Once upon a time, the Houston Astros had a young offensive-minded catcher in Mitch Meluskey.
For most of the franchise’s existence, the Houston Astros have been, shall we say, offensively challenged at the catcher position. Aside from some brief flashes in the pan, finding above-average production at the plate from their backstops has been difficult. That fact has been compounded by the curious case of Mitch Meluskey.
The Astros traded for Meluskey when he was still a minor leaguer in April 1995. As he rose through the system, his offensive profile continued to improve. He torched Triple-A pitching in 1998 to the tune of a .353 average, 41 doubles and 17 homers in 121 games. An injury-riddled 1999 delayed his becoming the team’s everyday catcher, but that all changed in 2000.
Meluskey earned the primary catching job on the strength of a .300/.401/.487 line in 117 games that year. He finished fifth in the Rookie of the Year voting and would have made the All-Star team if Braves manager Bobby Cox could’ve reached him while he was on vacation during the break. But that sterling performance at the plate was overshadowed by some other issues.
Fairly or not, Meluskey had developed a reputation as having a “bad boy, know-it-all personality.” He wasn’t particularly well liked in the clubhouse, especially by some of the veterans. Craig Biggio and Jeff Bagwell were likely among that group, though they might not admit it publicly.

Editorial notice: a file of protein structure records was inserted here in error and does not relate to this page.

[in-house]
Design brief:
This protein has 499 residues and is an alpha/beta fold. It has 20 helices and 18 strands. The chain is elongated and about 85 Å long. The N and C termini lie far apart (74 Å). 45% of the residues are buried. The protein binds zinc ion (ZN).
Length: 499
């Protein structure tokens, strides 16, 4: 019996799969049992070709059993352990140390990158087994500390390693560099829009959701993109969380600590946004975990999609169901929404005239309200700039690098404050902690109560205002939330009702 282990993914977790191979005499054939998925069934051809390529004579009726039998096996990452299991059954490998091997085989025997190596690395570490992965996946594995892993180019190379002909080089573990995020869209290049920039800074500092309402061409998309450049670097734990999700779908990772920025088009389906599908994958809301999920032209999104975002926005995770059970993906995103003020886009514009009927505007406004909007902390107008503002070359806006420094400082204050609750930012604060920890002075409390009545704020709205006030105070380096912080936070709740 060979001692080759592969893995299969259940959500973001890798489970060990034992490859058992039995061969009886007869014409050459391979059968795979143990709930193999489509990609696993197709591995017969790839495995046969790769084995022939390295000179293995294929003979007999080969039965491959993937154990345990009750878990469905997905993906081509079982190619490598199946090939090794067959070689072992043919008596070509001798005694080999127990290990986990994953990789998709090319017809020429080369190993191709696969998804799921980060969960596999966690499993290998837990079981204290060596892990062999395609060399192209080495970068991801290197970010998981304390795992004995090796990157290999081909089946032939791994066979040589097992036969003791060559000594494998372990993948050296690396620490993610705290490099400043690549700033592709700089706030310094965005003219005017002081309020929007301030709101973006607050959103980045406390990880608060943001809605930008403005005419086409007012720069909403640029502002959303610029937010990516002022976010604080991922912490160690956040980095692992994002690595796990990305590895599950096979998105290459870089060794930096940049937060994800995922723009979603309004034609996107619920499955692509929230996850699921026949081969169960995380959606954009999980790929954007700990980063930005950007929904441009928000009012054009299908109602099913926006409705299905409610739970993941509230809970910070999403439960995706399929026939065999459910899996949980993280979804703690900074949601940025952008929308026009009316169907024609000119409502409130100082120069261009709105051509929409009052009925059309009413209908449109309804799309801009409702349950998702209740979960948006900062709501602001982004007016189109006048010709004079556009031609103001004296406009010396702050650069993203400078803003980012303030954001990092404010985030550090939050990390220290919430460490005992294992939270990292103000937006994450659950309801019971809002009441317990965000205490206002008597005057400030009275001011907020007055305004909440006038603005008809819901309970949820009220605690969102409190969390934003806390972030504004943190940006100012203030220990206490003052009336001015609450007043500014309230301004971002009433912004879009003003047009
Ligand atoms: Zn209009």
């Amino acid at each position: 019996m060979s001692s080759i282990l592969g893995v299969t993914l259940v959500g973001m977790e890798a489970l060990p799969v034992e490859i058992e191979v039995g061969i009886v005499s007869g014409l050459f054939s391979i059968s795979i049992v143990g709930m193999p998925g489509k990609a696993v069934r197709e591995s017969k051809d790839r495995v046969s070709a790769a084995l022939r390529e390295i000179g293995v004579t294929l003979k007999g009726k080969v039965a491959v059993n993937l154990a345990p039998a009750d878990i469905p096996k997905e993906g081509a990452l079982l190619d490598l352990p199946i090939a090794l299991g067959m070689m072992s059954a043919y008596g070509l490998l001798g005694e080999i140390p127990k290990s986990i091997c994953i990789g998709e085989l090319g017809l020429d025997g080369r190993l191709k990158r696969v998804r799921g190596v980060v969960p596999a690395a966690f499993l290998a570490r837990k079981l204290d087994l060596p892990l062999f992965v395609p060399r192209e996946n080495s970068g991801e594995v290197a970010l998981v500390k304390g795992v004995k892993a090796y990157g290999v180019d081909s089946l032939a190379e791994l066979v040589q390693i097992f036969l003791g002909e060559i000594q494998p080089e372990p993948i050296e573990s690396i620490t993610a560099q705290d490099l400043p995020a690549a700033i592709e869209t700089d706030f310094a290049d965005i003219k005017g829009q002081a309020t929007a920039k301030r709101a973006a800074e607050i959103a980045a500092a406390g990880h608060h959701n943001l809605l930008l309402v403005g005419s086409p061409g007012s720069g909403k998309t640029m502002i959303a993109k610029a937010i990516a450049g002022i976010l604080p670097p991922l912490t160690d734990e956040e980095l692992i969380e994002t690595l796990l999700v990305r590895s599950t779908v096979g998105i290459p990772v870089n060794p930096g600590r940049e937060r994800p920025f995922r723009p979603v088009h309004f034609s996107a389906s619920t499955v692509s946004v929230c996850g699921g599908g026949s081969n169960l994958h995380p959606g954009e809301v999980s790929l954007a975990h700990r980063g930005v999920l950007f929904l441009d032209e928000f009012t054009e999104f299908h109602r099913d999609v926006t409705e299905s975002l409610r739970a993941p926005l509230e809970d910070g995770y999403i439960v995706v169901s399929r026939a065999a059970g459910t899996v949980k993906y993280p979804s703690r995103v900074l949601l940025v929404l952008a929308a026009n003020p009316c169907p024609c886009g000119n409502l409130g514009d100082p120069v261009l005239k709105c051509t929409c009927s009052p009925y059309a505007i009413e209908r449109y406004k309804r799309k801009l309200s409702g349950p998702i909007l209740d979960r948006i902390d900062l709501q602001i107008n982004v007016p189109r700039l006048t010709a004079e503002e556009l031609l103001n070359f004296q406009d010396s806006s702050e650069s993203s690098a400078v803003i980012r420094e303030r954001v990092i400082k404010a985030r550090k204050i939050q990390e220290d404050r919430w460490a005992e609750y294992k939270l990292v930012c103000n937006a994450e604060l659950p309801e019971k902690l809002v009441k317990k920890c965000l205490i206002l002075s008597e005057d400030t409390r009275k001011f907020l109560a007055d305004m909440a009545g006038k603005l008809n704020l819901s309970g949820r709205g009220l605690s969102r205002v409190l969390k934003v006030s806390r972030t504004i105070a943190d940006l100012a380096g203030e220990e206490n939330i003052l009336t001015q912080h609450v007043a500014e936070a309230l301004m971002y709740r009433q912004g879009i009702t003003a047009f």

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It came to a head in June when Meluskey got into an argument with teammate Matt Mieske at the batting cage before a game in San Diego. The end result was Meluskey punching Mieske above the left eye, dishing out a wound that would require stitches. If the veterans didn’t like him before that, they certainly wouldn’t afterward.
Meluskey was never known for his defensive abilities, although several Astros praised him for making improvements over the course of the season. Nonetheless, once the 2000 season was over, the club traded him to Detroit to bring back defensive anchor Brad Ausmus, who had no such clubhouse issues.
Just like that, the team’s 27-year-old supposed catcher of the future was gone. He was limited to just eight games over the next two seasons thanks to multiple injuries. He returned to Houston briefly in late 2003, but the injuries had evidently taken their toll. Whatever promise he once had was gone.
So we’re simply left with the thought of what could have been. If his young career hadn’t been decimated by injuries, perhaps Meluskey would’ve been a regular All-Star. But even if he had stayed healthy, the success wouldn’t have come in Houston. He didn’t make many friends in the Astros organization, and that’s what ultimately led to the team going in another direction.